The Reserve Bank of India recently concluded a consultation on Climate Change. It invited inputs from all stakeholders. The consultation rather than extend to all financial services, was restricted to banking. What stops that from happening? Our fragmented financial services regulatory protocol.
Why is it necessary? Climate risk is systemic in nature and impacts all components of financial services including insurance.
Basis his submission, Praveen was invited to write for Illuminem.com. The article has generated significant global interest and discussion around emerging risks and good practices.
With his permission Insurance Times is reproducing the article. It can also be accessed on: www.thediversityblog.com.
Major #WallStreet banks have threatened to leave United Nations climate envoy Mark Carney‘s financial alliance over legal risks, according to the Financial Times. So in these flip flop times, from COP26 when everyone rushed to follow him as he played the pied piper – to COP27 – when the biggest of fossil fuel financiers are reportedly ready to abandon Glasgow Financial Alliance for Net Zero (#GFANZ) and jump the ship.
#WorldBank President David Malpass came under heavy criticism earlier this week, according to #Reuters, after he declined to say whether he accepts the scientific consensus on global warming, rekindling concerns about the bank’s lack of a deadline to stop funding fossil fuels. After dodging questions on climate, Malpass told #CNN ‘I’m not a denier’.
The scrutiny is on and will get more intense. Not just for banks but all financial institutions. The systemic risk that they pose collectively will only get exacerbated by the systemic nature of climate risk. It disregards geographical or political boundaries; who emits how much #GHG; #intergenerational implications; and ironically the #globalsouth ends up paying a disproportionate price.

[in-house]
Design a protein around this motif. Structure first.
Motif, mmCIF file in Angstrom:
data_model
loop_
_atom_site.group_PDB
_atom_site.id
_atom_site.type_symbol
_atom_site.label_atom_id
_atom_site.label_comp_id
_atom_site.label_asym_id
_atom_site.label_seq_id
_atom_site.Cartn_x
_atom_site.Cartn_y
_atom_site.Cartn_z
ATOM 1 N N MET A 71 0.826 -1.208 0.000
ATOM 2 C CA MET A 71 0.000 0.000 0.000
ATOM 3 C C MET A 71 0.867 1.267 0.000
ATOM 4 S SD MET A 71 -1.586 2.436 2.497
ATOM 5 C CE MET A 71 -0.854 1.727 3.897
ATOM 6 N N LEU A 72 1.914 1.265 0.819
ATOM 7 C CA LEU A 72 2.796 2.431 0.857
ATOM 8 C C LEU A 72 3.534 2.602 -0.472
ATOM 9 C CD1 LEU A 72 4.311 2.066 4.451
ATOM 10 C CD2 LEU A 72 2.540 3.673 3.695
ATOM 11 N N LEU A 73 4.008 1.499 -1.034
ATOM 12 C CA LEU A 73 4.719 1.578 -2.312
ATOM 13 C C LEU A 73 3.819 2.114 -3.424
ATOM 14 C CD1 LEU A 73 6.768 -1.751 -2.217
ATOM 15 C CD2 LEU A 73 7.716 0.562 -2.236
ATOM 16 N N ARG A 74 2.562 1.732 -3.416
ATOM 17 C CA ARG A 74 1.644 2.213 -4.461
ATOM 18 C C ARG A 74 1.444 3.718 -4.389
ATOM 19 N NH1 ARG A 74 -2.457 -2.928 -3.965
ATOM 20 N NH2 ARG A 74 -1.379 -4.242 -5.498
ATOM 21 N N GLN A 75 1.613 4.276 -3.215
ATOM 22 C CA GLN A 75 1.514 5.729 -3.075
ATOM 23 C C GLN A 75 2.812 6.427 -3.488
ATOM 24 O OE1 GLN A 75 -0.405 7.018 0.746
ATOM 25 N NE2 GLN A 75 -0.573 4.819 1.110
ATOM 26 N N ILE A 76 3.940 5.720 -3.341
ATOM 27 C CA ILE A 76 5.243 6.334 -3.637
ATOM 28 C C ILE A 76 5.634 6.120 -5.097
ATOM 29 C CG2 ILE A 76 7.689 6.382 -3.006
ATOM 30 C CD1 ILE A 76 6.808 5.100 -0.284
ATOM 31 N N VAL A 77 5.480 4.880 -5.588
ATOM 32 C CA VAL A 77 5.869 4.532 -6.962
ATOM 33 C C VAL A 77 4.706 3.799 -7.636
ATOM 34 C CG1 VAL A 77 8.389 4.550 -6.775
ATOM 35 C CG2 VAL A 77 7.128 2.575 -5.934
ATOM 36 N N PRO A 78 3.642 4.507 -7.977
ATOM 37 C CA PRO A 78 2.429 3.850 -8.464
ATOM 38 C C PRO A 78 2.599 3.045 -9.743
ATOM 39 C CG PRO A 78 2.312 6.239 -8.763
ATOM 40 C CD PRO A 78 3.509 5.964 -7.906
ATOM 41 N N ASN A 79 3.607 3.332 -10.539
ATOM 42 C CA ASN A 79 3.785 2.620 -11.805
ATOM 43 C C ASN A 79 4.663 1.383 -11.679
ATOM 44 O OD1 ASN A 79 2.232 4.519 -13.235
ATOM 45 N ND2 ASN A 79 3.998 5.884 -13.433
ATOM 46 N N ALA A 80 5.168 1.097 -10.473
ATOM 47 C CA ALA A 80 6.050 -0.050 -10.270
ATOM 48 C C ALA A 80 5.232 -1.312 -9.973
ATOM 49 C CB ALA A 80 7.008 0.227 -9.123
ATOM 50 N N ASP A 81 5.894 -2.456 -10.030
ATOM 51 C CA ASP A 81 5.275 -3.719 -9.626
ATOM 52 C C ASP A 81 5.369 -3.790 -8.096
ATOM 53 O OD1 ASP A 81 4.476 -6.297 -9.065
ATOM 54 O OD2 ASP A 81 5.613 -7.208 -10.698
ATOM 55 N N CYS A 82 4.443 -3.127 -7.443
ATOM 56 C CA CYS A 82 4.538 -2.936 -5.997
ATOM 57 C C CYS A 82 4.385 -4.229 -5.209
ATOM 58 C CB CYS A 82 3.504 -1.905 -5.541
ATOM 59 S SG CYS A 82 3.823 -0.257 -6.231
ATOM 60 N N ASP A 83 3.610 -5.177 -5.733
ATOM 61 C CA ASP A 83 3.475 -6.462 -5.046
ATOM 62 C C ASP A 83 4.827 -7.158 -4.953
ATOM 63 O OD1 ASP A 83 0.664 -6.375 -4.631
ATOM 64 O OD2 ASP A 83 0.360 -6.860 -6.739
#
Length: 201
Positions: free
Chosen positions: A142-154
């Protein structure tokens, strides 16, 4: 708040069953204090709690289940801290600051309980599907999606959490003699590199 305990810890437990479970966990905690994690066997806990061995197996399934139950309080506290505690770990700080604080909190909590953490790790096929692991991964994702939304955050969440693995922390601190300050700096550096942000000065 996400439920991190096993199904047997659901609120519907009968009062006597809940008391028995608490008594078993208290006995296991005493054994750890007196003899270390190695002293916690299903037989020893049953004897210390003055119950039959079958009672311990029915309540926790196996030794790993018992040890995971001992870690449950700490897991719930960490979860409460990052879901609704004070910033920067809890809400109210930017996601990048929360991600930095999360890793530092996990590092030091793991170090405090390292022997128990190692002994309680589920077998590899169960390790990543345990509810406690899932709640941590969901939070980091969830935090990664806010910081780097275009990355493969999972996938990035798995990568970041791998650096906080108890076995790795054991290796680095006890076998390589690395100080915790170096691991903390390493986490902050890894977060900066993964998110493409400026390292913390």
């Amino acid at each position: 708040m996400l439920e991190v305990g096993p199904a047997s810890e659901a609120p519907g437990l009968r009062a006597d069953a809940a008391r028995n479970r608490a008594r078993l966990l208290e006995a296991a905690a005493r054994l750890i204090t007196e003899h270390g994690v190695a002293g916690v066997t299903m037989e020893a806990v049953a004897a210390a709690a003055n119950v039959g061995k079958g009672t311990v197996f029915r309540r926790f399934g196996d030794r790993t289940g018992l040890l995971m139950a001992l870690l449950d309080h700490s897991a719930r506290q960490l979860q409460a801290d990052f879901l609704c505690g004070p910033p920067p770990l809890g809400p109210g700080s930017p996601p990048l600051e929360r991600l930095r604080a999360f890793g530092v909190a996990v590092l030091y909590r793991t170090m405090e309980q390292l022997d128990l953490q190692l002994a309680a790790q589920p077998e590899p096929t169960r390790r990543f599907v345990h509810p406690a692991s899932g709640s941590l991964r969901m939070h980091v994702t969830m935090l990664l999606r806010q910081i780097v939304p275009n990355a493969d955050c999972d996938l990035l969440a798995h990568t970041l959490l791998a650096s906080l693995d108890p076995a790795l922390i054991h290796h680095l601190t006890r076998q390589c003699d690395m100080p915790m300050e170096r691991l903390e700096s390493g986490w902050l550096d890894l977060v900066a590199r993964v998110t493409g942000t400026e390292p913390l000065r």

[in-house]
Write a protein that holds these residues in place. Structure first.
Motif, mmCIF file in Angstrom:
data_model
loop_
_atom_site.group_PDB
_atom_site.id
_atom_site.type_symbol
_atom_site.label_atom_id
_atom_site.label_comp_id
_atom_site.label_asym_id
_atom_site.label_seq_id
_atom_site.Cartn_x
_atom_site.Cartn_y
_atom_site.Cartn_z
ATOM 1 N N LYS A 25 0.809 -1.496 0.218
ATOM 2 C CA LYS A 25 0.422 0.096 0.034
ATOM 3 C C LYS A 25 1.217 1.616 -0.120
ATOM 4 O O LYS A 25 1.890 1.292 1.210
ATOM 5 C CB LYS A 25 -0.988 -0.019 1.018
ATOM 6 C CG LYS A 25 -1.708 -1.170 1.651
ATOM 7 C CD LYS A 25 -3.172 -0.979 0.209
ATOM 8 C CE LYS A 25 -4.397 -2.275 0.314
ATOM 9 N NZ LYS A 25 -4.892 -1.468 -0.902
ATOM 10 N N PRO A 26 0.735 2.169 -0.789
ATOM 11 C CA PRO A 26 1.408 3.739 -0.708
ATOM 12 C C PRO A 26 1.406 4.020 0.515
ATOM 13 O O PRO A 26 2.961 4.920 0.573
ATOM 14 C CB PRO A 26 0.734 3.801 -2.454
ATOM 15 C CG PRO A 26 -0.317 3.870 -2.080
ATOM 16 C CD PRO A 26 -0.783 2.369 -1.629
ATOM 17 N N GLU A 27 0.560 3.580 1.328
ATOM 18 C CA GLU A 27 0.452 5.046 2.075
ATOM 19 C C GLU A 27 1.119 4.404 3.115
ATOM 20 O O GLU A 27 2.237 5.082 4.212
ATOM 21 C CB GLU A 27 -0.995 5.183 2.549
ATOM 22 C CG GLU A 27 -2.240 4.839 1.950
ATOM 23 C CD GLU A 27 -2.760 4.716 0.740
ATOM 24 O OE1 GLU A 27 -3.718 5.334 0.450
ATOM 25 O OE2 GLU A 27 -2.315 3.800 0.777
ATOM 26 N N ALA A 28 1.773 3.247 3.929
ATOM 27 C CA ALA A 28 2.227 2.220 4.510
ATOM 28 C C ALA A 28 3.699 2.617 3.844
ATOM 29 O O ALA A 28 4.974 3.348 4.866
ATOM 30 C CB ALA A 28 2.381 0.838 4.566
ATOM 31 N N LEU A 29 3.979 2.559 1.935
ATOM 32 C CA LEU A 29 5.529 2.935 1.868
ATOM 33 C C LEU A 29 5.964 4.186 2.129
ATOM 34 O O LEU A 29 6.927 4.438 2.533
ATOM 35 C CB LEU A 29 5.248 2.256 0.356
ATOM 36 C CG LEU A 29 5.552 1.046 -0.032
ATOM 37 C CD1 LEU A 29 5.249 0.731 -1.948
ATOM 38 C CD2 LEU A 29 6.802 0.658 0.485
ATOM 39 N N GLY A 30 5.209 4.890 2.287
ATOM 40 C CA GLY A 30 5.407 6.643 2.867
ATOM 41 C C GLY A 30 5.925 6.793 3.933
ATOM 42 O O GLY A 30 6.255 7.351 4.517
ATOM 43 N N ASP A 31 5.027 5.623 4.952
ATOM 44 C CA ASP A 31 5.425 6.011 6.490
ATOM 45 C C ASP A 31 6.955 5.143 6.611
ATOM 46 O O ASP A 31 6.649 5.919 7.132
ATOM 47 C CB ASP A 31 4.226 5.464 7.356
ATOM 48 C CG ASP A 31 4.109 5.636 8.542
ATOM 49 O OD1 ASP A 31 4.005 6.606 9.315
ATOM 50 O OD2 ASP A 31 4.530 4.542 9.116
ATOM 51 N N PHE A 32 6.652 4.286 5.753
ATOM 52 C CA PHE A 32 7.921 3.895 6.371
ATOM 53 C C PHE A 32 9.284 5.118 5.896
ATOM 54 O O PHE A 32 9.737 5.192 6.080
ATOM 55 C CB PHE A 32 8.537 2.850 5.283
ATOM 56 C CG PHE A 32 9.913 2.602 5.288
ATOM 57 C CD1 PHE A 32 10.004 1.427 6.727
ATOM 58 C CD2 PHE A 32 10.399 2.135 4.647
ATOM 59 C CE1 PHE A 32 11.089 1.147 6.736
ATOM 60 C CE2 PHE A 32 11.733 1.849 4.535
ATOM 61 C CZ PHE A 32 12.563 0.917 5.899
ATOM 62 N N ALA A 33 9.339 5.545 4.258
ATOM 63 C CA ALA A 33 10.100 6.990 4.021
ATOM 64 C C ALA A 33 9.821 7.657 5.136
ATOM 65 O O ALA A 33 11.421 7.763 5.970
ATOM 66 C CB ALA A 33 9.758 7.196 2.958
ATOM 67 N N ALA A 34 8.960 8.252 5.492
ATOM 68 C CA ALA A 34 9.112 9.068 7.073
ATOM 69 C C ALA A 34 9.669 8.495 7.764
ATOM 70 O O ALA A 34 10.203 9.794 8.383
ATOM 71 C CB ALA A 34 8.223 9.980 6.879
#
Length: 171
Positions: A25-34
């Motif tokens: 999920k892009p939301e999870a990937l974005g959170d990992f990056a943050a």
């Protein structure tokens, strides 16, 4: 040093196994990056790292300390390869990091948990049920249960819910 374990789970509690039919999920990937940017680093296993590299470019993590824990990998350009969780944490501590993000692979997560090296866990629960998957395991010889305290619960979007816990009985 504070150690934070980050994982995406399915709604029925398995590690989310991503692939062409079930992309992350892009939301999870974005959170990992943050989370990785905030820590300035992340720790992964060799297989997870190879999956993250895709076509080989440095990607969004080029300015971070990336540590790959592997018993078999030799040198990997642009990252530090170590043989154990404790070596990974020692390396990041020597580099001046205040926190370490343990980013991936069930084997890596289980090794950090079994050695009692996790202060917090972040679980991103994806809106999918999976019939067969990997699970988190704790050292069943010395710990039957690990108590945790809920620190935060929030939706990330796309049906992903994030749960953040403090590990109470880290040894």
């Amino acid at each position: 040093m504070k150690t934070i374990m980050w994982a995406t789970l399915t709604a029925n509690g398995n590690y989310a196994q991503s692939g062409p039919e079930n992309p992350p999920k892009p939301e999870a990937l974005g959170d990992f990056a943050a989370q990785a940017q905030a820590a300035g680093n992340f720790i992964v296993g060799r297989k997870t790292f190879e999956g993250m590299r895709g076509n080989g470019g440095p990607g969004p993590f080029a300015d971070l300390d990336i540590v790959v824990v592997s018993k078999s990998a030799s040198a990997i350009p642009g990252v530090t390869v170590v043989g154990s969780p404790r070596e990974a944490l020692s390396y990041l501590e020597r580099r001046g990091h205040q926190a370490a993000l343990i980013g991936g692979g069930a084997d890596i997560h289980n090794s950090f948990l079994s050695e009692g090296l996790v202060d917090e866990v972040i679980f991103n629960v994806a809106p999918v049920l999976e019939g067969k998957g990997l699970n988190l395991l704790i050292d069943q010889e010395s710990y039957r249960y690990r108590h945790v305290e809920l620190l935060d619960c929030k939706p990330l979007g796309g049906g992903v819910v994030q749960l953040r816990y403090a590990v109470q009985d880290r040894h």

“RBI’s waking up to #Environment #risk or climate change is a most welcome move, even if the initiative is perhaps a decade too late”, says Dr. Raghunathan V – renowned author, former banker and an expert on behavioural finance. “But of course, better late than never”. Perhaps it’s also time for RBI and other financial services regulators “to close hands, given the many cross pollination” between various sectors, as Raghunathan puts it.
I draw in some world-wide good practices. Needless to mention, more than the implications of Climate Change on balance sheets of financial institutions, it is the adverse impact of the money pipeline on environment and society (#doublemateriality) that really matters. RBI’s solo performance is too late in the day. It is time for a concerted rapid action.
However, it does not stop here. There is hope in the form of ‘Bridgetown Agenda’ – #Barbados’ PM Mia Amor Mottley’s efforts towards building a global coalition to make financial system fit for climate action. Designed to reform the #WorldBank and the International Monetary Fund (#IMF), institutions set-up at the end of World War II and still dominated by the US and Europe.